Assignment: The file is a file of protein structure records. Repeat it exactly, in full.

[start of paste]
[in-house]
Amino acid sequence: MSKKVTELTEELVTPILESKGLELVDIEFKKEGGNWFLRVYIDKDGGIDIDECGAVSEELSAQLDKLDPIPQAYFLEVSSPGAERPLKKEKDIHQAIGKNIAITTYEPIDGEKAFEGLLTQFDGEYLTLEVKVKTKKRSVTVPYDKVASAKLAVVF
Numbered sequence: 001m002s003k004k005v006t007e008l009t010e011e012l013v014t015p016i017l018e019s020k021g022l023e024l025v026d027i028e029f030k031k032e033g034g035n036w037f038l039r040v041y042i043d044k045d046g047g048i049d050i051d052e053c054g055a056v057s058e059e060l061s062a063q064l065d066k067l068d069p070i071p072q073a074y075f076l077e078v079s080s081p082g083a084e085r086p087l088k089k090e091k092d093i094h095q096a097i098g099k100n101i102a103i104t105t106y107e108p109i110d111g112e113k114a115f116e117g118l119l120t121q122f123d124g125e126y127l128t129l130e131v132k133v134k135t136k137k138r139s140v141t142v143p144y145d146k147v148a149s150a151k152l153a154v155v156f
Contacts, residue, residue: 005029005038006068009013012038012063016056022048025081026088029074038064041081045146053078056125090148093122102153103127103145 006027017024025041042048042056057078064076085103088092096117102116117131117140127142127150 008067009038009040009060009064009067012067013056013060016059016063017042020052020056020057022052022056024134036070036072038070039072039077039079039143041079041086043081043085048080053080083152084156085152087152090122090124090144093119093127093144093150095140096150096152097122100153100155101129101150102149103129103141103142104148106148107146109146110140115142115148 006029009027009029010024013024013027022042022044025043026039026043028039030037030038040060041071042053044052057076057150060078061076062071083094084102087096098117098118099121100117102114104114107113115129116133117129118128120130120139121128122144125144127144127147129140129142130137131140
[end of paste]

[in-house]
Amino acid sequence: MSKKVTELTEELVTPILESKGLELVDIEFKKEGGNWFLRVYIDKDGGIDIDECGAVSEELSAQLDKLDPIPQAYFLEVSSPGAERPLKKEKDIHQAIGKNIAITTYEPIDGEKAFEGLLTQFDGEYLTLEVKVKTKKRSVTVPYDKVASAKLAVVF
Numbered sequence: 001m002s003k004k005v006t007e008l009t010e011e012l013v014t015p016i017l018e019s020k021g022l023e024l025v026d027i028e029f030k031k032e033g034g035n036w037f038l039r040v041y042i043d044k045d046g047g048i049d050i051d052e053c054g055a056v057s058e059e060l061s062a063q064l065d066k067l068d069p070i071p072q073a074y075f076l077e078v079s080s081p082g083a084e085r086p087l088k089k090e091k092d093i094h095q096a097i098g099k100n101i102a103i104t105t106y107e108p109i110d111g112e113k114a115f116e117g118l119l120t121q122f123d124g125e126y127l128t129l130e131v132k133v134k135t136k137k138r139s140v141t142v143p144y145d146k147v148a149s150a151k152l153a154v155v156f
Contacts, residue, residue: 005029005038006068009013012038012063016056022048025081026088029074038064041081045146053078056125090148093122102153103127103145 006027017024025041042048042056057078064076085103088092096117102116117131117140127142127150 008067009038009040009060009064009067012067013056013060016059016063017042020052020056020057022052022056024134036070036072038070039072039077039079039143041079041086043081043085048080053080083152084156085152087152090122090124090144093119093127093144093150095140096150096152097122100153100155101129101150102149103129103141103142104148106148107146109146110140115142115148 006029009027009029010024013024013027022042022044025043026039026043028039030037030038040060041071042053044052057076057150060078061076062071083094084102087096098117098118099121100117102114104114107113115129116133117129118128120130120139121128122144125144127144127147129140129142130137131140